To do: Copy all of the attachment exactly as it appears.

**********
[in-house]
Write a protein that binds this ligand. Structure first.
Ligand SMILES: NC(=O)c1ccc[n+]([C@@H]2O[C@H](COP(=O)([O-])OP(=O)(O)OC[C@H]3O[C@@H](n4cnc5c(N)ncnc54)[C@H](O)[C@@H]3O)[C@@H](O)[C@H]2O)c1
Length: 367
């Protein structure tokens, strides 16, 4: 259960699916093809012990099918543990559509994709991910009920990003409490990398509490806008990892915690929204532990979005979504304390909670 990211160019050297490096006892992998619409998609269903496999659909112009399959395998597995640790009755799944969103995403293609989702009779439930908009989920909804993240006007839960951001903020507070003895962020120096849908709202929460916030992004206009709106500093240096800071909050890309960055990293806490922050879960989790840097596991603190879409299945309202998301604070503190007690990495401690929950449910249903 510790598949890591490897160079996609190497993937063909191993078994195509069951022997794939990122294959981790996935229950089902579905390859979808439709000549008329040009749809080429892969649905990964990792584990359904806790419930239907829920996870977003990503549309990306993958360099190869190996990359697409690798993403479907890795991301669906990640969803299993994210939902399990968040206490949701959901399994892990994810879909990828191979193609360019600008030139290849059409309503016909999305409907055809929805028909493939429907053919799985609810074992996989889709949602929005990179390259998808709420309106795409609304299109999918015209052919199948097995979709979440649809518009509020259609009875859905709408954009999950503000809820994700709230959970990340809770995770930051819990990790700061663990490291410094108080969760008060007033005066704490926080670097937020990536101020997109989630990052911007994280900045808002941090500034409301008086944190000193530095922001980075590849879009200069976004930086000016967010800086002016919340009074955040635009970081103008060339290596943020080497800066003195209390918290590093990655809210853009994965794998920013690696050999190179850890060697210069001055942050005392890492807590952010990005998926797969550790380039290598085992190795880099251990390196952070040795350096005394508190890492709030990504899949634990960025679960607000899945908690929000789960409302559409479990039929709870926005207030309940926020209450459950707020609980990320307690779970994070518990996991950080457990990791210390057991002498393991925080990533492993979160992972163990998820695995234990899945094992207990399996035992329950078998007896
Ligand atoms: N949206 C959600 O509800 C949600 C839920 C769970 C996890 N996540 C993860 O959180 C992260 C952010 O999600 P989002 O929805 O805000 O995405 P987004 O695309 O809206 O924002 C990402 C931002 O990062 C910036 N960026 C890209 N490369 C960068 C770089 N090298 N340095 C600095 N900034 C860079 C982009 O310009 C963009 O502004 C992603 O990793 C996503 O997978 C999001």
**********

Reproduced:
[in-house]
Write a protein that binds this ligand. Structure first.
Ligand SMILES: NC(=O)c1ccc[n+]([C@@H]2O[C@H](COP(=O)([O-])OP(=O)(O)OC[C@H]3O[C@@H](n4cnc5c(N)ncnc54)[C@H](O)[C@@H]3O)[C@@H](O)[C@H]2O)c1
Length: 367
């Protein structure tokens, strides 16, 4: 259960699916093809012990099918543990559509994709991910009920990003409490990398509490806008990892915690929204532990979005979504304390909670 990211160019050297490096006892992998619409998609269903496999659909112009399959395998597995640790009755799944969103995403293609989702009779439930908009989920909804993240006007839960951001903020507070003895962020120096849908709202929460916030992004206009709106500093240096800071909050890309960055990293806490922050879960989790840097596991603190879409299945309202998301604070503190007690990495401690929950449910249903 510790598949890591490897160079996609190497993937063909191993078994195509069951022997794939990122294959981790996935229950089902579905390859979808439709000549008329040009749809080429892969649905990964990792584990359904806790419930239907829920996870977003990503549309990306993958360099190869190996990359697409690798993403479907890795991301669906990640969803299993994210939902399990968040206490949701959901399994892990994810879909990828191979193609360019600008030139290849059409309503016909999305409907055809929805028909493939429907053919799985609810074992996989889709949602929005990179390259998808709420309106795409609304299109999918015209052919199948097995979709979440649809518009509020259609009875859905709408954009999950503000809820994700709230959970990340809770995770930051819990990790700061663990490291410094108080969760008060007033005066704490926080670097937020990536101020997109989630990052911007994280900045808002941090500034409301008086944190000193530095922001980075590849879009200069976004930086000016967010800086002016919340009074955040635009970081103008060339290596943020080497800066003195209390918290590093990655809210853009994965794998920013690696050999190179850890060697210069001055942050005392890492807590952010990005998926797969550790380039290598085992190795880099251990390196952070040795350096005394508190890492709030990504899949634990960025679960607000899945908690929000789960409302559409479990039929709870926005207030309940926020209450459950707020609980990320307690779970994070518990996991950080457990990791210390057991002498393991925080990533492993979160992972163990998820695995234990899945094992207990399996035992329950078998007896
Ligand atoms: N949206 C959600 O509800 C949600 C839920 C769970 C996890 N996540 C993860 O959180 C992260 C952010 O999600 P989002 O929805 O805000 O995405 P987004 O695309 O809206 O924002 C990402 C931002 O990062 C910036 N960026 C890209 N490369 C960068 C770089 N090298 N340095 C600095 N900034 C860079 C982009 O310009 C963009 O502004 C992603 O990793 C996503 O997978 C999001």